The Good Postman

When gentle village postman Ivan throws his hat into the ring for the local mayoral seat, the outcome of this small election (to be decided by fewer than 50 votes) feels as if it couldn’t be of greater global urgency. Situated right at the border with Turkey, the sleepy Bulgarian town of Golyam Dervent (historically a gateway to Europe since the time of the Roman and Ottoman Empires) has once again become an important leg on the journey to Europe, this time for Syrian refugees. With wider world implications at play, the humble election soon takes on all the trappings of a high drama campaign, most amusingly in the strange mix of personalities involved. Progressive-minded postman Ivan campaigns on a plan to welcome refugees to the town; his ideological rival—a buffoonish, self-styled rock star, also named Ivan—runs on a nativist, Russophile platform (“I want internet for everyone! Like in Putin’s Russia!” he barks at a campaign rally, to a bizarre Casiotone accompaniment). Meanwhile, their incumbent adversary, Vesa, locks herself in her office and campaigns on what may be the most infuriating platform of all, “I don’t care.” The Good Postman is an absorbing documentary which raises thoughtful questions about personal moral responsibility during one of the great humanitarian crises of our time. —Tien-Tien L. Jong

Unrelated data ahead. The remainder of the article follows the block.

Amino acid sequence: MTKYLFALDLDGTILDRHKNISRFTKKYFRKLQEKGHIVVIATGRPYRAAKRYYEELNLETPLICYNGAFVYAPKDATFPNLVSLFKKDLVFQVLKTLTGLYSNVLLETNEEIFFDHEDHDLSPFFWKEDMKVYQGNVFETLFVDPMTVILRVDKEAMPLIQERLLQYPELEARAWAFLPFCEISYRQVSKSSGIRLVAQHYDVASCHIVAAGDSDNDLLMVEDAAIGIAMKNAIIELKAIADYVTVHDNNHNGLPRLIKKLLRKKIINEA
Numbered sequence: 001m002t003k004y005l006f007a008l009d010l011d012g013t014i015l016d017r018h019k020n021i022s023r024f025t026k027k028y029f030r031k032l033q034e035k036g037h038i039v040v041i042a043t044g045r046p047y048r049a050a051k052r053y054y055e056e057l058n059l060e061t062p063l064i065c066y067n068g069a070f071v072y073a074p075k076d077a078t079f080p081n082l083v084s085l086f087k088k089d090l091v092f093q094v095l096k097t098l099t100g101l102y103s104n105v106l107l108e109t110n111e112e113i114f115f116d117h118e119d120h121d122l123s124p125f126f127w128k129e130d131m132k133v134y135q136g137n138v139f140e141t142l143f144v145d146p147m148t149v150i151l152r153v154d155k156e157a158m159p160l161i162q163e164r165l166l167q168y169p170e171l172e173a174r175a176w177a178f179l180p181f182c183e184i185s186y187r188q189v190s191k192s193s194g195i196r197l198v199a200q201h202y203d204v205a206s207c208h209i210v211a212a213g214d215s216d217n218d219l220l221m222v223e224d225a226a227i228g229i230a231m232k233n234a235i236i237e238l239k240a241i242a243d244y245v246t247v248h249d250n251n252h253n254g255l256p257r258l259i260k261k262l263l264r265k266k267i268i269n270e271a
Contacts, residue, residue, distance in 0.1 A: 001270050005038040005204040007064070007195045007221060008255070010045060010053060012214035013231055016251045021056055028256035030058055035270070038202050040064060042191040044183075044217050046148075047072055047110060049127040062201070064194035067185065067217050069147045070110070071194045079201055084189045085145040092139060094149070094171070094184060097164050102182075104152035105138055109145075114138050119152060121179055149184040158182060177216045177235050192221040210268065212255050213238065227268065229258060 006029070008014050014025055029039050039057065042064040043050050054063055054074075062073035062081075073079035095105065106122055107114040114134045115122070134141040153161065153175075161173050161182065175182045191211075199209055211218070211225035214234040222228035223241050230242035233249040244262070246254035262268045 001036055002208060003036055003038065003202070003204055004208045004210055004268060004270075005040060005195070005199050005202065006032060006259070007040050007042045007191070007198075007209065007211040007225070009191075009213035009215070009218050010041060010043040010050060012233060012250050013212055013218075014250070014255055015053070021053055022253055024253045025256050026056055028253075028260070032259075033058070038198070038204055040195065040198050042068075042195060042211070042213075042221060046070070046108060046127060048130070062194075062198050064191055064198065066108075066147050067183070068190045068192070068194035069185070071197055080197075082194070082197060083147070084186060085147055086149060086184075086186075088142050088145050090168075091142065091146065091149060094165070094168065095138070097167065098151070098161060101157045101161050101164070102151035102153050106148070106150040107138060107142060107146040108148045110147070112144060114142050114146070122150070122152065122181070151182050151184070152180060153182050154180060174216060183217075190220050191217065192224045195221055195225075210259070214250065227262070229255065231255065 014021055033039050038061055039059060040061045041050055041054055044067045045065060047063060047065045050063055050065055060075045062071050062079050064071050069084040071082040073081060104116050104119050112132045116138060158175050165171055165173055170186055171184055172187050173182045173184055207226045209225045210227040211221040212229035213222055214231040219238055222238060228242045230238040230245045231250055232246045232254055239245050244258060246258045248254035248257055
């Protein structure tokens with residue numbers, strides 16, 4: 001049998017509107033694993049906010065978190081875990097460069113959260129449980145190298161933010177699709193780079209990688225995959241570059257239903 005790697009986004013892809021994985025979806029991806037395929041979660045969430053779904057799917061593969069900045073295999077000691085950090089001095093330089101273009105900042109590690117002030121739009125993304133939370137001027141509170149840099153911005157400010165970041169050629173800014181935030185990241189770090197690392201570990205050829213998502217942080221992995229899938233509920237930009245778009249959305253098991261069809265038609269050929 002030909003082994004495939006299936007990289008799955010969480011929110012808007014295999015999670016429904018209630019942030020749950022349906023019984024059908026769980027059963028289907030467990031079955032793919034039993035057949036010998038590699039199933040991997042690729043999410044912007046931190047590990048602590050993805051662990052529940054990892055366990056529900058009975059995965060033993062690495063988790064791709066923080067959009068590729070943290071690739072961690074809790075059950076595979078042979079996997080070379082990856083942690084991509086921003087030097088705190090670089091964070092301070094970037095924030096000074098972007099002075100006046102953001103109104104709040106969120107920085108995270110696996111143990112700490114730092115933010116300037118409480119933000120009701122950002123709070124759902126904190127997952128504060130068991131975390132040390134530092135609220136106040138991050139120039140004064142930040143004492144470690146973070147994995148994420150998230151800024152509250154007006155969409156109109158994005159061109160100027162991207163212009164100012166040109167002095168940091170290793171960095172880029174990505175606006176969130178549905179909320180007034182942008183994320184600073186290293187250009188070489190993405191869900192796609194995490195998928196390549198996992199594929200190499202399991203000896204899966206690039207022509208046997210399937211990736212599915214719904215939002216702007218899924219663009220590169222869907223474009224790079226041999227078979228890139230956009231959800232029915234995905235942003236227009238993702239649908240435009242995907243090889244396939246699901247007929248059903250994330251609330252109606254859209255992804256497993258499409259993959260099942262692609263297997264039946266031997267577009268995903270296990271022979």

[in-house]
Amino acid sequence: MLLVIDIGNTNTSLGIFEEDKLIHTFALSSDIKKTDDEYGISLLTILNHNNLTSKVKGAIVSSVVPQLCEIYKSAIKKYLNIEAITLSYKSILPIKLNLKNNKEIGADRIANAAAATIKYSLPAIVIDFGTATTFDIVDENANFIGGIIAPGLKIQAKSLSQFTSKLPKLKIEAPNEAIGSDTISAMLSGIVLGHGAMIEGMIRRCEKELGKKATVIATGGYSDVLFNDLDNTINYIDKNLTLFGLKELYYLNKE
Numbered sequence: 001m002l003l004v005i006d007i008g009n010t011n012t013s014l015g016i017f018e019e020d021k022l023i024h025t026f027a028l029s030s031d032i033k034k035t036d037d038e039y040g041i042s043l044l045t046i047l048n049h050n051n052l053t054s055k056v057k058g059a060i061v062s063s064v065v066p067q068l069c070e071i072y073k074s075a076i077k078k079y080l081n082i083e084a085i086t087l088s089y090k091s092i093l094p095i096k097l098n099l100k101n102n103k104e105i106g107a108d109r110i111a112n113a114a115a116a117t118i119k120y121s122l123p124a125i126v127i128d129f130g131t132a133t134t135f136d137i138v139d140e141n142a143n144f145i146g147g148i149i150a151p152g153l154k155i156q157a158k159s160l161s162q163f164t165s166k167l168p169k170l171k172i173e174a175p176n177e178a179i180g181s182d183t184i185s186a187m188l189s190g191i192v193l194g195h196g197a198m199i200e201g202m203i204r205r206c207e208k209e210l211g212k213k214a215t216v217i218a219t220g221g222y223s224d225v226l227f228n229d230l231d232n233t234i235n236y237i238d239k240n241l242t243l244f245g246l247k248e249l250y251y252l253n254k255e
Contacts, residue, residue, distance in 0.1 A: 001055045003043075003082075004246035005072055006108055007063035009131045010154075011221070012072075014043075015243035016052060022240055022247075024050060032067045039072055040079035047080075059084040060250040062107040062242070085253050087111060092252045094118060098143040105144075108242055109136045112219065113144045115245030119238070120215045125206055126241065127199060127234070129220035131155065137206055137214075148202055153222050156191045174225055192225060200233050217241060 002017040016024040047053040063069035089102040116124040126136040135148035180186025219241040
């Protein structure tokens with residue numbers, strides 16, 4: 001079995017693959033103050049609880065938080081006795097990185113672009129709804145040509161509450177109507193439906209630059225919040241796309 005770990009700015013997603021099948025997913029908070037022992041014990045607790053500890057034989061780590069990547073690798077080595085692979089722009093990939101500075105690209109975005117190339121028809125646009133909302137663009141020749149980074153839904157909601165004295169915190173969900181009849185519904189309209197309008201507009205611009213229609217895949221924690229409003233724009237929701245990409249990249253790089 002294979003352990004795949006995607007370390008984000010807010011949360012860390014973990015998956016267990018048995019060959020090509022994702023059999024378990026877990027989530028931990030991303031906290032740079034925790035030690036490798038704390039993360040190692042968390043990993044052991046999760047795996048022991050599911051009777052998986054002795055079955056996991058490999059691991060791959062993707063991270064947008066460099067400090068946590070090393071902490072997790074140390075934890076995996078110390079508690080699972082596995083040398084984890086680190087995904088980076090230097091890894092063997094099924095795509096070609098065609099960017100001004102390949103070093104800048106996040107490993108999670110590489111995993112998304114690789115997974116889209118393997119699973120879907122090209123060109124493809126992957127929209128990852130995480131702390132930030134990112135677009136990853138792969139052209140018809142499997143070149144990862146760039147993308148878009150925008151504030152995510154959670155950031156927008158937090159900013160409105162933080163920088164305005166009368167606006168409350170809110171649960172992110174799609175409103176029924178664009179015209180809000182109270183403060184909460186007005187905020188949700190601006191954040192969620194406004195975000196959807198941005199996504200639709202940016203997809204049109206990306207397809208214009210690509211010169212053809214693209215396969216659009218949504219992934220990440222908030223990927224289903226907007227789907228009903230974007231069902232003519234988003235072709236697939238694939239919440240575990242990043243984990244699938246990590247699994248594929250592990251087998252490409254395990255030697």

w/English Subtitle
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